Intellectuals and Russsia

Intellectuals and Russsia

Dear Irving:

No doubt there are others, but I have seen only three “negative” U. S. reviews of my essay, The Causes of World War Three. In the Wall Street Journal, William H. Chamberlain wrote—as expected; in the N. Y. Post, Arthur Schlesinger Jr. wrote—as expected; and in DISSENT, you wrote—unexpectedly. I had thought that you had abandoned the foot-dragging mood of the Cold War and were trying to make a new beginning. I had thought that an editor of DISSENT would have taken due note of differences, and then gone on to build a new left, taking into account the changed state of the world and the sorry condition of U. S. foreign policy. But no. Why waste time with lib-lab apologists and fanatical anti-Communists? But you are supposed to be in some way or another “left.” So I feel the need to make a few points and to ask you a few questions.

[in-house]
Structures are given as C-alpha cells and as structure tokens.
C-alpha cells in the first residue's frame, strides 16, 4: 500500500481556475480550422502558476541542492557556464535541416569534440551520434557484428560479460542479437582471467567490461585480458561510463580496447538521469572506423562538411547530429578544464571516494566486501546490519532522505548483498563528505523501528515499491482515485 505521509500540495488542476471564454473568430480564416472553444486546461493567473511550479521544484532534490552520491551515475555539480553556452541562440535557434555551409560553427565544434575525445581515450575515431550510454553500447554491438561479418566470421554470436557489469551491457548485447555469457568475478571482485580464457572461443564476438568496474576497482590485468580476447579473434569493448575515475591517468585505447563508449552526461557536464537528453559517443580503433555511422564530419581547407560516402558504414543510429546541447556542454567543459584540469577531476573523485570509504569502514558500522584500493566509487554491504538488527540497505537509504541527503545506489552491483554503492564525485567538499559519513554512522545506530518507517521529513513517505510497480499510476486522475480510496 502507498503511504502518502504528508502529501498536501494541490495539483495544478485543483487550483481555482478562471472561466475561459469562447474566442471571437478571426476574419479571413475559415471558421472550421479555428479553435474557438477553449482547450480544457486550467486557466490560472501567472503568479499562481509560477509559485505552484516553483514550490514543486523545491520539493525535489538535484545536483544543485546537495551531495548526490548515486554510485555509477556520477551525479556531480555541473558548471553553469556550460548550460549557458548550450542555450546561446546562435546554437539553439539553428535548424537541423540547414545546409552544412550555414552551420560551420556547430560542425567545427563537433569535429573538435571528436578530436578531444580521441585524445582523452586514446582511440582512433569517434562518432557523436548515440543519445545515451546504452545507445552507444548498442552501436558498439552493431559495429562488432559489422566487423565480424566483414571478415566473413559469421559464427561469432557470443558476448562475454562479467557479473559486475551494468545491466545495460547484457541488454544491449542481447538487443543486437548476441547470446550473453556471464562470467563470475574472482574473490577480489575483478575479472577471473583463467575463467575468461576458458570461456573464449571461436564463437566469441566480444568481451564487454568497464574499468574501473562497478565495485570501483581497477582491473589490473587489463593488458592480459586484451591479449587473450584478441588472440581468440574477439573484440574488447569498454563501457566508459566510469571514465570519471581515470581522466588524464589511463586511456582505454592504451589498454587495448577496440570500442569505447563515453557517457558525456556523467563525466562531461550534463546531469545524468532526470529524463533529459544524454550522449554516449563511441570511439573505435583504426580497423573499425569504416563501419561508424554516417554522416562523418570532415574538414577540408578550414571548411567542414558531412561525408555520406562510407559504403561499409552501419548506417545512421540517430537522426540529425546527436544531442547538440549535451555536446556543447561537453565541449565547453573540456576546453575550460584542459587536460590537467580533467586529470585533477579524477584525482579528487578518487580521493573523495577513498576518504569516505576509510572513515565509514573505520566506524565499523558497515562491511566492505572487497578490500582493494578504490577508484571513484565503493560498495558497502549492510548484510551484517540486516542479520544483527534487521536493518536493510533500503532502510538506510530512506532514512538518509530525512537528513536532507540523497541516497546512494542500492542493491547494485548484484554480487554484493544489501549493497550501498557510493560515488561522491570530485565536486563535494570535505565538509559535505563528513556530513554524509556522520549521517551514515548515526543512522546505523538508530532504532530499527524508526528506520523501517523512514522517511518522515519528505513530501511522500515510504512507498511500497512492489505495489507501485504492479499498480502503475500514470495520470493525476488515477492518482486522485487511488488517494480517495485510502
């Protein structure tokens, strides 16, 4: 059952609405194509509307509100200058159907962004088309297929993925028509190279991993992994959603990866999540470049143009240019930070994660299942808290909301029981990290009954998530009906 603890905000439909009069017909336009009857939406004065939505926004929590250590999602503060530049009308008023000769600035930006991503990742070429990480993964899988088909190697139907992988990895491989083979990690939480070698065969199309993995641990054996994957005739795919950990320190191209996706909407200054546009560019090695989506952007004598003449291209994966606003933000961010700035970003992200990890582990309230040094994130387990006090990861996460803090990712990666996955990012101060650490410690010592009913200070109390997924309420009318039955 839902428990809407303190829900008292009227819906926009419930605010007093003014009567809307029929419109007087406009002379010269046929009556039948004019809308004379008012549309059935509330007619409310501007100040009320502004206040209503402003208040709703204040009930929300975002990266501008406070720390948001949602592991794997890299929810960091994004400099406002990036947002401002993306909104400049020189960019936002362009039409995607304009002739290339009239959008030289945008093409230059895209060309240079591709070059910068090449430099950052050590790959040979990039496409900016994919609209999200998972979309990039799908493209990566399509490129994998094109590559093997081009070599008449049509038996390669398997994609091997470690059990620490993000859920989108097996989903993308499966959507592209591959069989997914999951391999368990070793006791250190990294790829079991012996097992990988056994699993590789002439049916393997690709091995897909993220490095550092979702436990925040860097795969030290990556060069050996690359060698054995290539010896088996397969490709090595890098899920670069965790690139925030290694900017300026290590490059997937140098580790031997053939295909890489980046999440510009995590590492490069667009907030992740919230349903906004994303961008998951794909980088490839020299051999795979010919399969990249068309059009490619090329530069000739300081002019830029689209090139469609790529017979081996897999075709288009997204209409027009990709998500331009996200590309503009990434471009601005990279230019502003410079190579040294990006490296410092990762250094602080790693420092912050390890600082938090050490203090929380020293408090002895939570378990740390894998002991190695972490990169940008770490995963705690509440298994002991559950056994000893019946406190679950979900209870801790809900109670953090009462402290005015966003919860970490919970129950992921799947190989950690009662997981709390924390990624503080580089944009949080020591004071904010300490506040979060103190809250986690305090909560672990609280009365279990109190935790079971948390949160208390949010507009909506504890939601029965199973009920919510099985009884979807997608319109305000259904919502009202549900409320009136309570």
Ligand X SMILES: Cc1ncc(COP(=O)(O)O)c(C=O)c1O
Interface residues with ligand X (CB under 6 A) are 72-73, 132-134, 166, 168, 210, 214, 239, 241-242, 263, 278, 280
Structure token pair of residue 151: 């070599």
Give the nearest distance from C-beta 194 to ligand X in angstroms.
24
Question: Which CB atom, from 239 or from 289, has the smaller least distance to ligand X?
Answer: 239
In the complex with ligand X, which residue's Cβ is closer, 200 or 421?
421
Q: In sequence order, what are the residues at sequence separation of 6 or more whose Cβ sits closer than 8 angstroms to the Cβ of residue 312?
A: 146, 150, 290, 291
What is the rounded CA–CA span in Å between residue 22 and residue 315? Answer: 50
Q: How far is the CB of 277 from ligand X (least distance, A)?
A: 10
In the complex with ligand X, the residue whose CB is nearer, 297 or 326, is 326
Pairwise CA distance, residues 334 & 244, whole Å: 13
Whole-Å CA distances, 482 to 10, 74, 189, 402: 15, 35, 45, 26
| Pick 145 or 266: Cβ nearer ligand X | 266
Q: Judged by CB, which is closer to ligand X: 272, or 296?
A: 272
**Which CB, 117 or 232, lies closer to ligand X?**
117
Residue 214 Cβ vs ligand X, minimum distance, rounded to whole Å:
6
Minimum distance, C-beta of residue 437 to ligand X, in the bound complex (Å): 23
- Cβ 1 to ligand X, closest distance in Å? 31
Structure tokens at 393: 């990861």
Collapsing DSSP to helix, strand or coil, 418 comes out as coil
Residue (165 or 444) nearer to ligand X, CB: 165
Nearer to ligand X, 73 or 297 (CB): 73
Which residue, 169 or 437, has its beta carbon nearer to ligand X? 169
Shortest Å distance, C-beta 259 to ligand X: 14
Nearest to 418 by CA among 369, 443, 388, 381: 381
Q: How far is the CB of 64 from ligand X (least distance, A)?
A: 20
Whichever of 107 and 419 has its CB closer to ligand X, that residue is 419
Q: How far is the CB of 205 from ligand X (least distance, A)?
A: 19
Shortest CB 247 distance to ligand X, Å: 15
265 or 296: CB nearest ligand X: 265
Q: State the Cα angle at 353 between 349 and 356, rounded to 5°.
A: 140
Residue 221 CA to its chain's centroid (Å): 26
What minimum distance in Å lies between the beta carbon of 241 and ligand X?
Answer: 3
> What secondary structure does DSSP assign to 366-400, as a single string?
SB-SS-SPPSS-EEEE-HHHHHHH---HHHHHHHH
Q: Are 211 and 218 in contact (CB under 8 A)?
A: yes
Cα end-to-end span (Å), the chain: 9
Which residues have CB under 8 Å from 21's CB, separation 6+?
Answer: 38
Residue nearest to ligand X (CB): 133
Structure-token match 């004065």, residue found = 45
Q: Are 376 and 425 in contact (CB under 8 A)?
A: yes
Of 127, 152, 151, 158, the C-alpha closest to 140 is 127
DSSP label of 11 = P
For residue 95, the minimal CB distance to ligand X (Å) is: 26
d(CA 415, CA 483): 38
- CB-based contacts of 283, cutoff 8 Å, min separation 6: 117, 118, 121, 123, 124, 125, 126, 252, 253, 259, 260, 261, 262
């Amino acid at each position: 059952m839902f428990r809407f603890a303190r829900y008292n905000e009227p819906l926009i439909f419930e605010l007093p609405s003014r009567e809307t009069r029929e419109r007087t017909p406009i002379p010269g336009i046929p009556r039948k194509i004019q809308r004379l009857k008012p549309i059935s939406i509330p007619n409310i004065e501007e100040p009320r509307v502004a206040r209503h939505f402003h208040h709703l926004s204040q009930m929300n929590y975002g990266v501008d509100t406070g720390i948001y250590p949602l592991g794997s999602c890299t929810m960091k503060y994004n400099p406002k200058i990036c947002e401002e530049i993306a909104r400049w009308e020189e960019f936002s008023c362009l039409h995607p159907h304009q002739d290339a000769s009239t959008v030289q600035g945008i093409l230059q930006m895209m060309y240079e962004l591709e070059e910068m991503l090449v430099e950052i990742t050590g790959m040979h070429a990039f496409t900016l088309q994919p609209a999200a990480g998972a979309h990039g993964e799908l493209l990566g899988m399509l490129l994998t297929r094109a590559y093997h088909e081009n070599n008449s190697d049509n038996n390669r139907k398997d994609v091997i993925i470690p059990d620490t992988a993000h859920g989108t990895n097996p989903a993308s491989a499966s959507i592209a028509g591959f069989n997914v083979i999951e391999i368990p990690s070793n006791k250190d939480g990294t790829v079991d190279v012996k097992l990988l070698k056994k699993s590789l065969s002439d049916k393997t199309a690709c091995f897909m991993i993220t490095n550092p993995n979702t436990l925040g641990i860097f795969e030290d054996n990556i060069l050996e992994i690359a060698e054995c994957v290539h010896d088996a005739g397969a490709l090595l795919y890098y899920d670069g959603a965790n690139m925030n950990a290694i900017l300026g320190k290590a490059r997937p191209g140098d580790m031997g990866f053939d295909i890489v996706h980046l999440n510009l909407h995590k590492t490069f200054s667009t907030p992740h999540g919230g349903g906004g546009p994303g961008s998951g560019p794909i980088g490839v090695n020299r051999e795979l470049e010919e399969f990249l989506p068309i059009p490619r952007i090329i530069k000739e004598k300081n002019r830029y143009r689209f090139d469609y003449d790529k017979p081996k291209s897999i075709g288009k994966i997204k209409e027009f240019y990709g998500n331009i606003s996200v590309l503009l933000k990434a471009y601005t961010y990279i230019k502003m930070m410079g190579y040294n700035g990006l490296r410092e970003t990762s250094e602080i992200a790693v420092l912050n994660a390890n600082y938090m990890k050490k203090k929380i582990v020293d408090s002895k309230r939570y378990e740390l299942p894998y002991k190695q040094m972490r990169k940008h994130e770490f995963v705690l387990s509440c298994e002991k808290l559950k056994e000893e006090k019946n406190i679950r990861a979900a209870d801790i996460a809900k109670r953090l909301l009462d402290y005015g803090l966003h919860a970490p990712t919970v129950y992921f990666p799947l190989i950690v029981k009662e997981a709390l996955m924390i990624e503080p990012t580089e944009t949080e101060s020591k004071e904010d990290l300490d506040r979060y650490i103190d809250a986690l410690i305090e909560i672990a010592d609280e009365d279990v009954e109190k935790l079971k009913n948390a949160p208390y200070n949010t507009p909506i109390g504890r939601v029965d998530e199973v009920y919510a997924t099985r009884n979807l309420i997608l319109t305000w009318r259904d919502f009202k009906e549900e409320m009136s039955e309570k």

The major questions with which your review leaves me are: Just how does your basic view of the world confrontation today differ from the line expressed by the work of Dulles-Adenauer? I suppose there are differences, but just how far do they extend? What do you want the United States government to do, tomorrow, next week, next year? In my essay I have tried to answer such questions, positively. Moreover, I have tried to do so in terms open to intellectuals. What, if anything, do you propose that leftward intellectuals in the USA now do? Just how do your proposals differ from those that I have offered?